Scam firms emailing ECC clients from suspect domains. TAC advice on how to avoid falling victim to cyber criminals
This week a Timeshare Advice Centre (TAC) client whose case was completed several months ago forwarded us an email, purporting to be from one of our marketing brands (mytimeshareclaim.com) and asking for a phone call. Luckily the client had the presence of mind to call us and check, thereby avoiding the trap.
The scammer, who identified himself as 'Raymond Lowen' used the email address firstname.lastname@example.org. This address is not one used by any MyTimeshareClaim or any other TAC brand.
The MyTimeshareClaim brand itself uses the domain: @mytimeshareclaim.co.uk.
Nobody called Raymond Lowen works at MyTimeshareClaim
"For anyone not familiar with this type of internet scam, it is important to be wary of emails you weren't expecting," warns Suzanne Stojanovic, spokesperson for TAC. "Not just from people saying that they are contacting you from one of our brands but also more broadly: from your bank, or any other big organisation.
"The usual pattern is that they will try to get you on the phone, and then ask you for money for some invented reason. Perhaps it is for an 'unpaid fee' or 'tax that needs to be paid.'
"Sometimes they are even more subtle. They might ask for some personal details that they can then use to hack you or apply for credit in your name."
"The golden rule is, if they email you and then ask for money or they want to call and speak to you, tell them you would rather call them back instead. Then you can check the official website and call the main, published number (regardless of whether the person claims to be us, or your bank, or anyone else) and ask for that person by name.
"That way, if the person is not who they claim, or is masquerading as someone who is working for the company, you will find out when calling them at what you know to be the genuine workplace."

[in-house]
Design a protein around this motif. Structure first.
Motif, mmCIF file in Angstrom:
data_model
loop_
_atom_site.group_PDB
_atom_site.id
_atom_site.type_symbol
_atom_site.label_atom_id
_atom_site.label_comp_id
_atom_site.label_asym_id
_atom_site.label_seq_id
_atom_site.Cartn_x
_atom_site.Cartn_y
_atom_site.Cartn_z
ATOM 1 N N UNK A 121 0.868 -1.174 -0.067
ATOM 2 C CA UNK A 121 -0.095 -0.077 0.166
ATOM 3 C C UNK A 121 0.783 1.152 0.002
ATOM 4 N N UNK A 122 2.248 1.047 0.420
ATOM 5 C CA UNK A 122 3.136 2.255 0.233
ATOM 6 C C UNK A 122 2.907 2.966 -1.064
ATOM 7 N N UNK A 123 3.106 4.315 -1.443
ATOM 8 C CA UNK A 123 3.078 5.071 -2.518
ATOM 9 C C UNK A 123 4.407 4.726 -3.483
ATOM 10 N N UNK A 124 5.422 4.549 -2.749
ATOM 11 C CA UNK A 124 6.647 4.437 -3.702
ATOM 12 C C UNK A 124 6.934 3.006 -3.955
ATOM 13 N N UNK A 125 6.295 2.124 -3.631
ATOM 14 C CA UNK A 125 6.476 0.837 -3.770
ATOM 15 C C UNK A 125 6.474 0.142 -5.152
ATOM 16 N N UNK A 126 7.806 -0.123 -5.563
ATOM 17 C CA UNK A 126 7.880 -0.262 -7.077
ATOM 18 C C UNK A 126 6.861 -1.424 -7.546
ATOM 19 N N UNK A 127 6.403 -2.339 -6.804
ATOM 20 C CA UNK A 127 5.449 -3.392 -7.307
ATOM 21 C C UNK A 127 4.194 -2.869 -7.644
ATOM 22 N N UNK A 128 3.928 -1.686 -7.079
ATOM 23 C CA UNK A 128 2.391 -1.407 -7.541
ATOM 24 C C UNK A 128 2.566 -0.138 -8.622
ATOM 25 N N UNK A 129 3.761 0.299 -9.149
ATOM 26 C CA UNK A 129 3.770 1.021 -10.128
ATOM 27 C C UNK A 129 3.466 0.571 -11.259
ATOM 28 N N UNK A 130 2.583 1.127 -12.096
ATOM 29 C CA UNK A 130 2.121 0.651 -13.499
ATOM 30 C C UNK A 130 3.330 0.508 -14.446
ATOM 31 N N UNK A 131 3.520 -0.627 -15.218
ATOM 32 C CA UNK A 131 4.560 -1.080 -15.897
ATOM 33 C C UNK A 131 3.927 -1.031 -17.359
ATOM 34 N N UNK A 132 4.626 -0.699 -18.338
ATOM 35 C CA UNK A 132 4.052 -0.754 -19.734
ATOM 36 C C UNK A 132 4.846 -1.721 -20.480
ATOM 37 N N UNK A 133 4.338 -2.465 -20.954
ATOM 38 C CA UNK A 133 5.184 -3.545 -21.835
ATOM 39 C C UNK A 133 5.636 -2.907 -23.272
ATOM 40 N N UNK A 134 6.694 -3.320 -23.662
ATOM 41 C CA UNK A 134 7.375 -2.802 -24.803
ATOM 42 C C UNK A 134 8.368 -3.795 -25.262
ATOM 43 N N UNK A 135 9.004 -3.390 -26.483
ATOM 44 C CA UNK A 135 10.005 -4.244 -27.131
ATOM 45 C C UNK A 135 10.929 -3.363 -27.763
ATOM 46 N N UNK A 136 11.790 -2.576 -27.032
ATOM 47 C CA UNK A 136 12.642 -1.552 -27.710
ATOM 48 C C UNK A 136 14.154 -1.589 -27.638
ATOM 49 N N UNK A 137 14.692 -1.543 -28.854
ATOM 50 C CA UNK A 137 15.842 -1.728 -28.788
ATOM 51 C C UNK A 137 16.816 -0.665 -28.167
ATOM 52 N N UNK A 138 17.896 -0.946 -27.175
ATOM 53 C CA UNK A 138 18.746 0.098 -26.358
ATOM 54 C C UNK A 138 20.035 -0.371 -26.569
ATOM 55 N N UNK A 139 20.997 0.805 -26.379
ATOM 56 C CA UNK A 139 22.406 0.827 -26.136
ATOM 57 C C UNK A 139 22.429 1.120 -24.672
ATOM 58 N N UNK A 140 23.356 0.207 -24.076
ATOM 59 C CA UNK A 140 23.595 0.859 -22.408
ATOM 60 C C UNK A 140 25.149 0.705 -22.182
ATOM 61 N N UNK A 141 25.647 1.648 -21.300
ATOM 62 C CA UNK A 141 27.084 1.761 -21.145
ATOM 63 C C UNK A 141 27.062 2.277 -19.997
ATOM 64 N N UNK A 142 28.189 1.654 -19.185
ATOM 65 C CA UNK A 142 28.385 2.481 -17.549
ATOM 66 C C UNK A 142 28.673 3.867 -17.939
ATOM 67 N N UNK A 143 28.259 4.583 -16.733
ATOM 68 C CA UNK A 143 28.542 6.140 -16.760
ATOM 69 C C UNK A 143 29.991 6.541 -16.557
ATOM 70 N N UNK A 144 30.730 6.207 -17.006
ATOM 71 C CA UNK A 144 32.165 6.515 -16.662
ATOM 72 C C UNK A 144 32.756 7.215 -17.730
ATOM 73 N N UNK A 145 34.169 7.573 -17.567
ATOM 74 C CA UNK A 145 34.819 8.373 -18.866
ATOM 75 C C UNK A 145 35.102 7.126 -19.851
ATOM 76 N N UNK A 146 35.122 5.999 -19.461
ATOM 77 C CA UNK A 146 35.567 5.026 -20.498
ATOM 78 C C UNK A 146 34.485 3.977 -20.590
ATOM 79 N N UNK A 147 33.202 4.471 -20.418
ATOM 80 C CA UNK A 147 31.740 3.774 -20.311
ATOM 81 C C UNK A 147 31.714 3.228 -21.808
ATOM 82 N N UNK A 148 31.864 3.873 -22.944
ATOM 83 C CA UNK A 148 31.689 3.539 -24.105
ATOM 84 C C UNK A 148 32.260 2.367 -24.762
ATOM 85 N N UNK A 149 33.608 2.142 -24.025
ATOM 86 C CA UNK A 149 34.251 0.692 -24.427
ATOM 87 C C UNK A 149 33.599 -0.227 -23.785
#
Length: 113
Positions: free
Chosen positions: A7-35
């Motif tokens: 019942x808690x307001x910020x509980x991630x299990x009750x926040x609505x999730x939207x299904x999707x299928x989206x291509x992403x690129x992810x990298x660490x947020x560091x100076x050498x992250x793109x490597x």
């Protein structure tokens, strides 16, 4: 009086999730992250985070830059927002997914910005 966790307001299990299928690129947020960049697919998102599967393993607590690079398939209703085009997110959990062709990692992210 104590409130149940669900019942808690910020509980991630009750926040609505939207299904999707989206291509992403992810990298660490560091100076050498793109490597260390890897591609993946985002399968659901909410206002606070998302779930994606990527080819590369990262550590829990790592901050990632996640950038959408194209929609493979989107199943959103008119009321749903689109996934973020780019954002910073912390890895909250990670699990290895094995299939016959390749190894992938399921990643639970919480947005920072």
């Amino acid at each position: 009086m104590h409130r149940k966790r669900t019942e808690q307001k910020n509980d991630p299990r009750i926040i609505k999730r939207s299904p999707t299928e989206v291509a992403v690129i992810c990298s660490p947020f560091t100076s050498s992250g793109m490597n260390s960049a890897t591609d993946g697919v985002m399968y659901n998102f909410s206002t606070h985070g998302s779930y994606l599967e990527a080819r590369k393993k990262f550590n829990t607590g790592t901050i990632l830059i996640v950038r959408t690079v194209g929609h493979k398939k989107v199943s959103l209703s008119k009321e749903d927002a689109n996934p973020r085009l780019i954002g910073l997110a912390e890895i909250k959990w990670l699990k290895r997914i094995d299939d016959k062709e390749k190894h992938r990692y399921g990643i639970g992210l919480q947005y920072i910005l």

This particular email to an ECC client came from the fake, but designed-to-look-official email address email@example.com. The domain name sounds like it is from a legal, or potentially even government source, but in reality it is a free to use public domain (like gmail or Hotmail).
Absolutely anyone can set up a legislator.com email address for free and without any identity checks. The domain is hugely popular with scammers.
If you receive an email from that domain claiming to be from somewhere important to you (for example: Barclays@legislator.com, HMRC@legislator.com or TimeshareAdviceCentre@legislator.com) never engage with that correspondence or agree to speak in person. Certainly do not give them any personal details or money.
The internet is awash with accounts of scammers using this domain name. Always be cautious of emails from legislator.com addresses.
Since timeshare itself has been all but consigned to the scrapheap in Europe, with most major resorts no longer engaging in new member sales, many former villains have gravitated to related scams.
Timeshare resales and fake claims firms are natural environments for fraudsters looking for a new way to profit from their existing knowledge and experience. Many of them even target their own former victims from their timeshare past.
Fortunately help is at hand. Honest firms can be distinguished from the scammers by following straightforward guidelines, like:
For excellent advice on researching genuine claims firms, visit the Timeshare Trust website.
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